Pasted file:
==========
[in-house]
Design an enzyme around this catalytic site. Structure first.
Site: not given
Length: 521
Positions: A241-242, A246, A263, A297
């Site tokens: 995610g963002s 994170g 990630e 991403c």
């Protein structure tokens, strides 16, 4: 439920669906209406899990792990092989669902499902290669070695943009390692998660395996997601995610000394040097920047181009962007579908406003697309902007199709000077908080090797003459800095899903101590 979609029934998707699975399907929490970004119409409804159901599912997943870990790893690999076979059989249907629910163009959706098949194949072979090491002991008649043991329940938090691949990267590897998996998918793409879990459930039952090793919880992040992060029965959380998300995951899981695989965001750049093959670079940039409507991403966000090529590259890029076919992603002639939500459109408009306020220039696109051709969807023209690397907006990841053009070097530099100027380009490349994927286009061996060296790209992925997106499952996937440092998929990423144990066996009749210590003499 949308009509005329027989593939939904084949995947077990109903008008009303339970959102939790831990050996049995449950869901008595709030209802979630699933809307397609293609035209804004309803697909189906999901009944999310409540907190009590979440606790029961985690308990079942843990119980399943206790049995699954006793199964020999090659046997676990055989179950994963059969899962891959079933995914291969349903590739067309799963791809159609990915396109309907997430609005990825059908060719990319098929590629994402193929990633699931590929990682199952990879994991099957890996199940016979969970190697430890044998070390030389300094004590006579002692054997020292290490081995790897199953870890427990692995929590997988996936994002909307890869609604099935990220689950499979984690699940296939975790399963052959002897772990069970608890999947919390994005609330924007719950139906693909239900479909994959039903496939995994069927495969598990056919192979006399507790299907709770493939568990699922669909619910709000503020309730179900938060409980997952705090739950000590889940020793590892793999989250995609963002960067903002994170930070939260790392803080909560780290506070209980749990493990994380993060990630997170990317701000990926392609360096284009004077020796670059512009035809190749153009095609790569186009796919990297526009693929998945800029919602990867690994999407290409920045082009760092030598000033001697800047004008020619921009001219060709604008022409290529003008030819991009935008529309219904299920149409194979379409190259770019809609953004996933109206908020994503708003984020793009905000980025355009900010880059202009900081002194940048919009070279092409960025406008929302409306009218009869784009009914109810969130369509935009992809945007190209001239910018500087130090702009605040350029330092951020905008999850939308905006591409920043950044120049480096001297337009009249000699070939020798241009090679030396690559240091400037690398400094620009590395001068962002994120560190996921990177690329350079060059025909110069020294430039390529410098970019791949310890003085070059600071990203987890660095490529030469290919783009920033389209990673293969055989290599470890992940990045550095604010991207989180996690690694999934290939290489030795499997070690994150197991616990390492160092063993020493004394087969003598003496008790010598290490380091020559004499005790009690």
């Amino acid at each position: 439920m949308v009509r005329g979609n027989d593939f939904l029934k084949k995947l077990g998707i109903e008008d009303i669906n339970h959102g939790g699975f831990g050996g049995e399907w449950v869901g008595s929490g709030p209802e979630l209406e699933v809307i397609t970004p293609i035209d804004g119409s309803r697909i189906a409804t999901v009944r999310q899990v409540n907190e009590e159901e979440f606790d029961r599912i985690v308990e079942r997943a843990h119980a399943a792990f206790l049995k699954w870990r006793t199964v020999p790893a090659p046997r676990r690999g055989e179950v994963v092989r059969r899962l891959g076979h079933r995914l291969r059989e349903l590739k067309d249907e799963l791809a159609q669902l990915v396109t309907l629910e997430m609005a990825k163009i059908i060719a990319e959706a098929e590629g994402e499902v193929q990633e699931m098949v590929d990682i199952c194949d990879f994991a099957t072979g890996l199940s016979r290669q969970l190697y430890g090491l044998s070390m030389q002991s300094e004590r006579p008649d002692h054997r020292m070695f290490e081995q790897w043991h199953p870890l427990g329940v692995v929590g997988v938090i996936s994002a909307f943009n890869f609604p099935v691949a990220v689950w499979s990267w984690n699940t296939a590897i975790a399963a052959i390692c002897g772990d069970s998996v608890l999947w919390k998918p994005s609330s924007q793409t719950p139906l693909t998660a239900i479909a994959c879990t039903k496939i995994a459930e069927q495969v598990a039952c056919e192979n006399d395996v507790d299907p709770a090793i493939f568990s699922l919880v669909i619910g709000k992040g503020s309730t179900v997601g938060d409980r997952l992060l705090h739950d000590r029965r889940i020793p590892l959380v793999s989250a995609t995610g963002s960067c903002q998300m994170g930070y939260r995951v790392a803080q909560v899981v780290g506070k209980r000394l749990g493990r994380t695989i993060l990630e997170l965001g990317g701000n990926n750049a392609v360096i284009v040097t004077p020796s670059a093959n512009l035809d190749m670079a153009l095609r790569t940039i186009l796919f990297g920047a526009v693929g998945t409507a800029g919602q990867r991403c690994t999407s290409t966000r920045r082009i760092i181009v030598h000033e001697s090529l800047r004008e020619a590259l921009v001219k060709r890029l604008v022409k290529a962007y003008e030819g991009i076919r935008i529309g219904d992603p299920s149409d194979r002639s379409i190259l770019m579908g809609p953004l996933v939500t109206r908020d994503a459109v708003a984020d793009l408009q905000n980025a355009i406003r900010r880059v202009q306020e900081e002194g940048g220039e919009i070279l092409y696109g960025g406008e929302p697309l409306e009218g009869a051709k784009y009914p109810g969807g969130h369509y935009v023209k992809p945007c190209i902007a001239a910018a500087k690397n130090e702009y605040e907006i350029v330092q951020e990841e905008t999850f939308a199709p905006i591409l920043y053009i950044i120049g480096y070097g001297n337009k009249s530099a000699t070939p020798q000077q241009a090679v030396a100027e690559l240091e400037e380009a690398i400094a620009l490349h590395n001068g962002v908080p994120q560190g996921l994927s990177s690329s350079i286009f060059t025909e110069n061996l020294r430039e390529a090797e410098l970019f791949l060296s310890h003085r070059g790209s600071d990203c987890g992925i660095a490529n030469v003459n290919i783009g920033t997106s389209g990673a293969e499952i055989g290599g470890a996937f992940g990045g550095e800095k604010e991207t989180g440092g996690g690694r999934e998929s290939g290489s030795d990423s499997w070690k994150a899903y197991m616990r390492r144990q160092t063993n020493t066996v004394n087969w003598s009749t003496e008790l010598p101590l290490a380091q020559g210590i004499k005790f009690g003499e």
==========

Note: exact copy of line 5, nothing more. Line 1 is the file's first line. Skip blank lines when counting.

Positions: A241-242, A246, A263, A297